The inability to fall asleep is typically caused by wondering, intrusive thoughts and stress, factors which are known to be associated with elevated neural sympathetic activity. To quiet our racing thoughts, the American Academy of Sleep Medicine recommends deep breathing exercises [1,2]. The problem is that sleep-inducing breathing exercises are highly specific, difficult to master, and require concentration to do correctly.

2breathe induces sleep by captivating the racing mind, keeping it focused on breathing via its guiding tones. The whole breathing synchronization and prolonging the exhalation process happens subliminally in a way you can’t do on your own. The tones guide the breathing via the emotional part of the brains and not the “decision-making” cognitive part of the brain, as other methods such as counting or “thinking about it” tend to do.

Furthermore, 2breathe’s core patented technology composes the guiding tones in real-time, in a way that continuously adapts to the user’s ability to be guided. Such adaptive guidance creates an optimal and personalized breathing exercise shown to play a prominent role in the beneficial effect beyond pre-recorded relaxing tones used by most breathing apps [3, 4].

Clinical Evidence

2breathe technology grew out of RESPeRATE, the world’s only non-drug medical device cleared by the FDA for lowering blood pressure and the reduction of stress. Used by hundreds of thousands of patients and is featured in the American Heart Association statement on non-pharmacological treatments of hypertension [5].

2breathe was developed after finding that RESPeRATE users reported dozing off during sessions, and over 90% of them reported improved sleep.

 

RESPeRATE clinical studies supported these reports by demonstrating positive effects on factors that play prominent role in sleeplessness, including lowering neural sympathetic activity [6, 7, 8]. More specifically, two separate randomized controlled studies reported that RESPeRATE used during the day improved sleep in different populations: Reduction in insomnia severity index in menopausal women [9], and in the severity of sleep disordered breathing in heart failure patients [10].

 

  1. Morgenthaler T, Practice parameters for the psychological and behavioral treatment of insomnia: an update. An american academy of sleep medicine report. Sleep 2006;29:1415-9
  2. Bertisch SM, Use of relaxation techniques and complementary and alternative medicine by American adults with insomnia symptoms: results from a national survey. Journal of Clinical Sleep Medicine, Vol. 8, No. 6, 2012
  3. Schein MH, Gavish B, Herz M, Rosner-Kahana D, Naveh P, Knishkowy B, Zlotnikov E, Ben-Zvi N, Melmed RN. Treating hypertension with a device that slows and regularises breathing: a randomised, double-blind controlled study. J Hum Hypertens. 2001;15:271-278.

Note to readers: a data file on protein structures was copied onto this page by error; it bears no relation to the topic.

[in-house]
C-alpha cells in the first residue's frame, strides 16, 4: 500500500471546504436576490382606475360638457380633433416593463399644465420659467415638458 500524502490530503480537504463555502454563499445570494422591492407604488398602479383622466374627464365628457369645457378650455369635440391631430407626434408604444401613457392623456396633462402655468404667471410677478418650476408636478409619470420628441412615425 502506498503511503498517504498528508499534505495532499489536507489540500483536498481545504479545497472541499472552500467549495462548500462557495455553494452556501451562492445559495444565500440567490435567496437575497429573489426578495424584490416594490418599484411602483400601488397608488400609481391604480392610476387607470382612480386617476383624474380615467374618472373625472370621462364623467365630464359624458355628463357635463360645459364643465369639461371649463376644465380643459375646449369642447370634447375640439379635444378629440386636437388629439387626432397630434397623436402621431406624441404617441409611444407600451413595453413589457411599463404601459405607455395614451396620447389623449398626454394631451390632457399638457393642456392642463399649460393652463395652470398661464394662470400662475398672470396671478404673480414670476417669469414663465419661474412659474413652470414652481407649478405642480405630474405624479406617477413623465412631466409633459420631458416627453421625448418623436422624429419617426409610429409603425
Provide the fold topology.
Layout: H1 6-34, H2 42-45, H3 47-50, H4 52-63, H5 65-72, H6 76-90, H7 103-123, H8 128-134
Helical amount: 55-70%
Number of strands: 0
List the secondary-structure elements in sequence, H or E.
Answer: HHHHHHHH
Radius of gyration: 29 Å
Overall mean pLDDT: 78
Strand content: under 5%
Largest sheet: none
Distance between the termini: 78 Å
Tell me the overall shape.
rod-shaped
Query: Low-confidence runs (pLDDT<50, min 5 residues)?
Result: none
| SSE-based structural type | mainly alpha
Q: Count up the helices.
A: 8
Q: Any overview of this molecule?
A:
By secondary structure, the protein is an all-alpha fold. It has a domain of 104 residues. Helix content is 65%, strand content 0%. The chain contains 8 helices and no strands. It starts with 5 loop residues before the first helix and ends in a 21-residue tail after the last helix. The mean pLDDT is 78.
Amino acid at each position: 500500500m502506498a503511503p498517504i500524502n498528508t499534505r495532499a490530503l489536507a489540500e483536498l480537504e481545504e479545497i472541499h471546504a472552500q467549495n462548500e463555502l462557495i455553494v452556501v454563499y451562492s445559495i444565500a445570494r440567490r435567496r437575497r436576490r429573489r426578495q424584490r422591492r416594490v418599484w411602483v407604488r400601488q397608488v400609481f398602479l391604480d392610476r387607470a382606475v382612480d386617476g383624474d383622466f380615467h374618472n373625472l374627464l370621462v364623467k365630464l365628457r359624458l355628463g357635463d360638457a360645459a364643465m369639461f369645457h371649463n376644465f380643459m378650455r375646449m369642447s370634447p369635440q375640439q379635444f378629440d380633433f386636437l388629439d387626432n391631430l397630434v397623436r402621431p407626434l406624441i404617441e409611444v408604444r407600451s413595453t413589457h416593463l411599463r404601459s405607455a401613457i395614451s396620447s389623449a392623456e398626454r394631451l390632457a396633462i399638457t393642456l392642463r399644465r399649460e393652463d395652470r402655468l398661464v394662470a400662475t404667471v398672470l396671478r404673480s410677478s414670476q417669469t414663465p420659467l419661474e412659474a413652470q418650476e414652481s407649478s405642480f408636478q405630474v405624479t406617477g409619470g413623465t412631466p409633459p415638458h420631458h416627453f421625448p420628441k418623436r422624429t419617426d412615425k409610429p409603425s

4. Ekman I, Kjellström B, Falk K, Norman J, Swedberg K. Impact of device-guided slow breathing on symptoms of chronic heart failure: a randomized, controlled feasibility study. Eur J Heart Fail. 2011;13:1000-1005.
  5. Brook RC et al. A Scientific Statement From the American Heart Association Beyond Medications and Diet: Alternative Approaches to Lowering Blood Pressure. Hypertension. 2013;61(6):1360-1383.
  6. Oneda B, Ortega KC, Gusmão JL, Araújo TG, Mion D Jr. Sympathetic nerve activity is decreased during device-guided slow breathing. Hypertens Res. 2010 Jul;33(7):708-712.
  7. Harada D, Asanoi H, Takagawa J, Ishise H, Ueno H, Oda Y et al. Slow and deep respiration suppresses steady-state sympathetic nerve activity in patients with chronic heart failure: from modeling to clinical application. American Journal of Physiology-Heart and Circulatory Physiology. 2014;307(8):H1159-H68.
  8. Hering D, Kucharska W, Kara T, Somers VK, Parati G, Narkiewicz K. Effects of acute and long-term slow breathing exercise on muscle sympathetic nerve activity in untreated male patients with hypertension. J Hypertens. 2013;31:739-746.
  9. Huang AJ1, Phillips S, Schembri M, Vittinghoff E, Grady D. Device-guided slow-paced respiration for menopausal hot flushes: a randomized controlled trial. Obstet Gynecol. 2015;125:1130-1138
  10. Debicka-Dabrowska D, Lisi E, Drozdz T, Styczkiewicz K, Malfatto G, Salerno S, Bednarek A, Olszanecka A, Kielbasa G, Bilo G, Czarnecka, D, Kawecka-Jaszcz K, Parati G. Usefulness of slow breathing training in chronic heart failure. Study design and intermediate results. Journal of Hypertens 2015:33 e-Supplement1; e 462